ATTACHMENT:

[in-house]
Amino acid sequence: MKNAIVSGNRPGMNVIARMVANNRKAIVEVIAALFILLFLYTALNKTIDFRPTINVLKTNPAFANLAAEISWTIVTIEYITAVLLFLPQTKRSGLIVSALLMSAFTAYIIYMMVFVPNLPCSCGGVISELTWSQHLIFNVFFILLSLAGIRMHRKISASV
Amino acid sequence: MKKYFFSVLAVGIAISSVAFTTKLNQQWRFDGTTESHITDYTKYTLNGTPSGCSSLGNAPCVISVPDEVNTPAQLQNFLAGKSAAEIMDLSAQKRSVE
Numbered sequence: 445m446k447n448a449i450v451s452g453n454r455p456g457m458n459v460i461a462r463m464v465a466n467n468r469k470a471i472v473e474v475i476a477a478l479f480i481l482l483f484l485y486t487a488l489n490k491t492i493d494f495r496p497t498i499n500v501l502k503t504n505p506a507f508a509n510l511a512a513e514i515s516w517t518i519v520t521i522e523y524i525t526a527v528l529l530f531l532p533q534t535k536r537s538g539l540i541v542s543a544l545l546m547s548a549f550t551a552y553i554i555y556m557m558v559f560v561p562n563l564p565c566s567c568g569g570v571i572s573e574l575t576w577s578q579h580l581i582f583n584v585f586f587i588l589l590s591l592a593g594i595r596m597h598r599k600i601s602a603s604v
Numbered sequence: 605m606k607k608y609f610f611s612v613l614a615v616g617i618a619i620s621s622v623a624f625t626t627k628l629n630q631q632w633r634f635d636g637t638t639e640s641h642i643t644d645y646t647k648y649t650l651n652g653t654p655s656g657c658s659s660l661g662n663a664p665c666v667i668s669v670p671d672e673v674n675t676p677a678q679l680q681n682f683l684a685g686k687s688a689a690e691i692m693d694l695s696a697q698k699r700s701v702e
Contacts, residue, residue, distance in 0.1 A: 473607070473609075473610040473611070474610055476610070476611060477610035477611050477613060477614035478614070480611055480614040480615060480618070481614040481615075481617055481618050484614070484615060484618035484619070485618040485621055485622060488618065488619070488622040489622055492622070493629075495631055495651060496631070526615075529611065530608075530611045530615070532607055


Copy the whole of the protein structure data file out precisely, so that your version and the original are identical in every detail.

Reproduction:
[in-house]
Amino acid sequence: MKNAIVSGNRPGMNVIARMVANNRKAIVEVIAALFILLFLYTALNKTIDFRPTINVLKTNPAFANLAAEISWTIVTIEYITAVLLFLPQTKRSGLIVSALLMSAFTAYIIYMMVFVPNLPCSCGGVISELTWSQHLIFNVFFILLSLAGIRMHRKISASV
Amino acid sequence: MKKYFFSVLAVGIAISSVAFTTKLNQQWRFDGTTESHITDYTKYTLNGTPSGCSSLGNAPCVISVPDEVNTPAQLQNFLAGKSAAEIMDLSAQKRSVE
Numbered sequence: 445m446k447n448a449i450v451s452g453n454r455p456g457m458n459v460i461a462r463m464v465a466n467n468r469k470a471i472v473e474v475i476a477a478l479f480i481l482l483f484l485y486t487a488l489n490k491t492i493d494f495r496p497t498i499n500v501l502k503t504n505p506a507f508a509n510l511a512a513e514i515s516w517t518i519v520t521i522e523y524i525t526a527v528l529l530f531l532p533q534t535k536r537s538g539l540i541v542s543a544l545l546m547s548a549f550t551a552y553i554i555y556m557m558v559f560v561p562n563l564p565c566s567c568g569g570v571i572s573e574l575t576w577s578q579h580l581i582f583n584v585f586f587i588l589l590s591l592a593g594i595r596m597h598r599k600i601s602a603s604v
Numbered sequence: 605m606k607k608y609f610f611s612v613l614a615v616g617i618a619i620s621s622v623a624f625t626t627k628l629n630q631q632w633r634f635d636g637t638t639e640s641h642i643t644d645y646t647k648y649t650l651n652g653t654p655s656g657c658s659s660l661g662n663a664p665c666v667i668s669v670p671d672e673v674n675t676p677a678q679l680q681n682f683l684a685g686k687s688a689a690e691i692m693d694l695s696a697q698k699r700s701v702e
Contacts, residue, residue, distance in 0.1 A: 473607070473609075473610040473611070474610055476610070476611060477610035477611050477613060477614035478614070480611055480614040480615060480618070481614040481615075481617055481618050484614070484615060484618035484619070485618040485621055485622060488618065488619070488622040489622055492622070493629075495631055495651060496631070526615075529611065530608075530611045530615070532607055